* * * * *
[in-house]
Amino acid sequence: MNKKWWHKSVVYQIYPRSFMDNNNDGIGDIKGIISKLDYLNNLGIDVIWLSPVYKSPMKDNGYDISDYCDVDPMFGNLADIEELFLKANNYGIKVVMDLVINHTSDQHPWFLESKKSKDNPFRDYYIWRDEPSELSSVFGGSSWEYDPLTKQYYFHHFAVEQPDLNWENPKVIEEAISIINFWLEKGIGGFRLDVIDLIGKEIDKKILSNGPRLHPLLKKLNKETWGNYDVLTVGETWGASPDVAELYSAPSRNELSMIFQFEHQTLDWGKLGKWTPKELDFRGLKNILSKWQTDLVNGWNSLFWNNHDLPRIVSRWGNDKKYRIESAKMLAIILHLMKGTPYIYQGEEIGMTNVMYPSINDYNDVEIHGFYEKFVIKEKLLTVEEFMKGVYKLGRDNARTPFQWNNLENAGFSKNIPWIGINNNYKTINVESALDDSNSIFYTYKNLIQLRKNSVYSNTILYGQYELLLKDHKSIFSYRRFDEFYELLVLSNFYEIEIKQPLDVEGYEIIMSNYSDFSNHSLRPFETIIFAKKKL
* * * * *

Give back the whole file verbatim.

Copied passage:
[in-house]
Amino acid sequence: MNKKWWHKSVVYQIYPRSFMDNNNDGIGDIKGIISKLDYLNNLGIDVIWLSPVYKSPMKDNGYDISDYCDVDPMFGNLADIEELFLKANNYGIKVVMDLVINHTSDQHPWFLESKKSKDNPFRDYYIWRDEPSELSSVFGGSSWEYDPLTKQYYFHHFAVEQPDLNWENPKVIEEAISIINFWLEKGIGGFRLDVIDLIGKEIDKKILSNGPRLHPLLKKLNKETWGNYDVLTVGETWGASPDVAELYSAPSRNELSMIFQFEHQTLDWGKLGKWTPKELDFRGLKNILSKWQTDLVNGWNSLFWNNHDLPRIVSRWGNDKKYRIESAKMLAIILHLMKGTPYIYQGEEIGMTNVMYPSINDYNDVEIHGFYEKFVIKEKLLTVEEFMKGVYKLGRDNARTPFQWNNLENAGFSKNIPWIGINNNYKTINVESALDDSNSIFYTYKNLIQLRKNSVYSNTILYGQYELLLKDHKSIFSYRRFDEFYELLVLSNFYEIEIKQPLDVEGYEIIMSNYSDFSNHSLRPFETIIFAKKKL